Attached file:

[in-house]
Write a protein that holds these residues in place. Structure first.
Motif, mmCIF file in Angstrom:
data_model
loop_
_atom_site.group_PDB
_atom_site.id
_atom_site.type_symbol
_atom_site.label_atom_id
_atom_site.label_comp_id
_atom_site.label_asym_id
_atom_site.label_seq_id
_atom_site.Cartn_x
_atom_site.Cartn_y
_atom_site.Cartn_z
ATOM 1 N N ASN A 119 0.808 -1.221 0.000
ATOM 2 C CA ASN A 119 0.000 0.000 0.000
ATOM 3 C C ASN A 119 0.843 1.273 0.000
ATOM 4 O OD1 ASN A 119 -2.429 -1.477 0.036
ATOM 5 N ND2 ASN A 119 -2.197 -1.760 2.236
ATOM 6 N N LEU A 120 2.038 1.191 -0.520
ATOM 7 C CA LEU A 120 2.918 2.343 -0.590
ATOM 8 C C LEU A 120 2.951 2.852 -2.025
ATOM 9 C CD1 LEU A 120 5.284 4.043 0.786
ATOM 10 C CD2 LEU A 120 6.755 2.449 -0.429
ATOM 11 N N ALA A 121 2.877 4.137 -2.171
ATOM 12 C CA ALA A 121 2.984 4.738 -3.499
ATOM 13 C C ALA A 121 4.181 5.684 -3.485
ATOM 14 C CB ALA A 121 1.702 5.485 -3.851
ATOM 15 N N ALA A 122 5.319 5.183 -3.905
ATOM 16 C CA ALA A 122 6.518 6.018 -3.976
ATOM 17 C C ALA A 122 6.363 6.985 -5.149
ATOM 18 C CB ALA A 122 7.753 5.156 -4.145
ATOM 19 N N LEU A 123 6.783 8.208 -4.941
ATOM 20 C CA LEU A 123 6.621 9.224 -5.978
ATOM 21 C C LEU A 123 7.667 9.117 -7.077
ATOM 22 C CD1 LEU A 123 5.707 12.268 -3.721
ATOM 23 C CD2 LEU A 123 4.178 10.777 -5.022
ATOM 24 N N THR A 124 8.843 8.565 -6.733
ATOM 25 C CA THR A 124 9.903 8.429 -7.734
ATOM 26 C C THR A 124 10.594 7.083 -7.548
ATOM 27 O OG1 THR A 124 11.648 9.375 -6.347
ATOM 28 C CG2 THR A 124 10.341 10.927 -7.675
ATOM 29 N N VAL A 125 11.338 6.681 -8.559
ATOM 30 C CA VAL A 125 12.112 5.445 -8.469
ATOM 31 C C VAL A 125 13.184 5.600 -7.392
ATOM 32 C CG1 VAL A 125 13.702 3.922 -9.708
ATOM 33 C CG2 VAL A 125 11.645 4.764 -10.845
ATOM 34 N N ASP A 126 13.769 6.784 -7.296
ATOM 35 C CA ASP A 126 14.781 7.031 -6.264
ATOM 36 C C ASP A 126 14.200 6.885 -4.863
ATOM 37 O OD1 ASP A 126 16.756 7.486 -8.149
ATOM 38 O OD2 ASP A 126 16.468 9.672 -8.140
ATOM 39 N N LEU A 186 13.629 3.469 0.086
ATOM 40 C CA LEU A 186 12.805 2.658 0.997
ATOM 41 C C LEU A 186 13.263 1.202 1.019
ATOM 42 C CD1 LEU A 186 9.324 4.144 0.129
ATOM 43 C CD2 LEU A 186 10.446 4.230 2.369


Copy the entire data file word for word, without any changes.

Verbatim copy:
[in-house]
Write a protein that holds these residues in place. Structure first.
Motif, mmCIF file in Angstrom:
data_model
loop_
_atom_site.group_PDB
_atom_site.id
_atom_site.type_symbol
_atom_site.label_atom_id
_atom_site.label_comp_id
_atom_site.label_asym_id
_atom_site.label_seq_id
_atom_site.Cartn_x
_atom_site.Cartn_y
_atom_site.Cartn_z
ATOM 1 N N ASN A 119 0.808 -1.221 0.000
ATOM 2 C CA ASN A 119 0.000 0.000 0.000
ATOM 3 C C ASN A 119 0.843 1.273 0.000
ATOM 4 O OD1 ASN A 119 -2.429 -1.477 0.036
ATOM 5 N ND2 ASN A 119 -2.197 -1.760 2.236
ATOM 6 N N LEU A 120 2.038 1.191 -0.520
ATOM 7 C CA LEU A 120 2.918 2.343 -0.590
ATOM 8 C C LEU A 120 2.951 2.852 -2.025
ATOM 9 C CD1 LEU A 120 5.284 4.043 0.786
ATOM 10 C CD2 LEU A 120 6.755 2.449 -0.429
ATOM 11 N N ALA A 121 2.877 4.137 -2.171
ATOM 12 C CA ALA A 121 2.984 4.738 -3.499
ATOM 13 C C ALA A 121 4.181 5.684 -3.485
ATOM 14 C CB ALA A 121 1.702 5.485 -3.851
ATOM 15 N N ALA A 122 5.319 5.183 -3.905
ATOM 16 C CA ALA A 122 6.518 6.018 -3.976
ATOM 17 C C ALA A 122 6.363 6.985 -5.149
ATOM 18 C CB ALA A 122 7.753 5.156 -4.145
ATOM 19 N N LEU A 123 6.783 8.208 -4.941
ATOM 20 C CA LEU A 123 6.621 9.224 -5.978
ATOM 21 C C LEU A 123 7.667 9.117 -7.077
ATOM 22 C CD1 LEU A 123 5.707 12.268 -3.721
ATOM 23 C CD2 LEU A 123 4.178 10.777 -5.022
ATOM 24 N N THR A 124 8.843 8.565 -6.733
ATOM 25 C CA THR A 124 9.903 8.429 -7.734
ATOM 26 C C THR A 124 10.594 7.083 -7.548
ATOM 27 O OG1 THR A 124 11.648 9.375 -6.347
ATOM 28 C CG2 THR A 124 10.341 10.927 -7.675
ATOM 29 N N VAL A 125 11.338 6.681 -8.559
ATOM 30 C CA VAL A 125 12.112 5.445 -8.469
ATOM 31 C C VAL A 125 13.184 5.600 -7.392
ATOM 32 C CG1 VAL A 125 13.702 3.922 -9.708
ATOM 33 C CG2 VAL A 125 11.645 4.764 -10.845
ATOM 34 N N ASP A 126 13.769 6.784 -7.296
ATOM 35 C CA ASP A 126 14.781 7.031 -6.264
ATOM 36 C C ASP A 126 14.200 6.885 -4.863
ATOM 37 O OD1 ASP A 126 16.756 7.486 -8.149
ATOM 38 O OD2 ASP A 126 16.468 9.672 -8.140
ATOM 39 N N LEU A 186 13.629 3.469 0.086
ATOM 40 C CA LEU A 186 12.805 2.658 0.997
ATOM 41 C C LEU A 186 13.263 1.202 1.019
ATOM 42 C CD1 LEU A 186 9.324 4.144 0.129
ATOM 43 C CD2 LEU A 186 10.446 4.230 2.369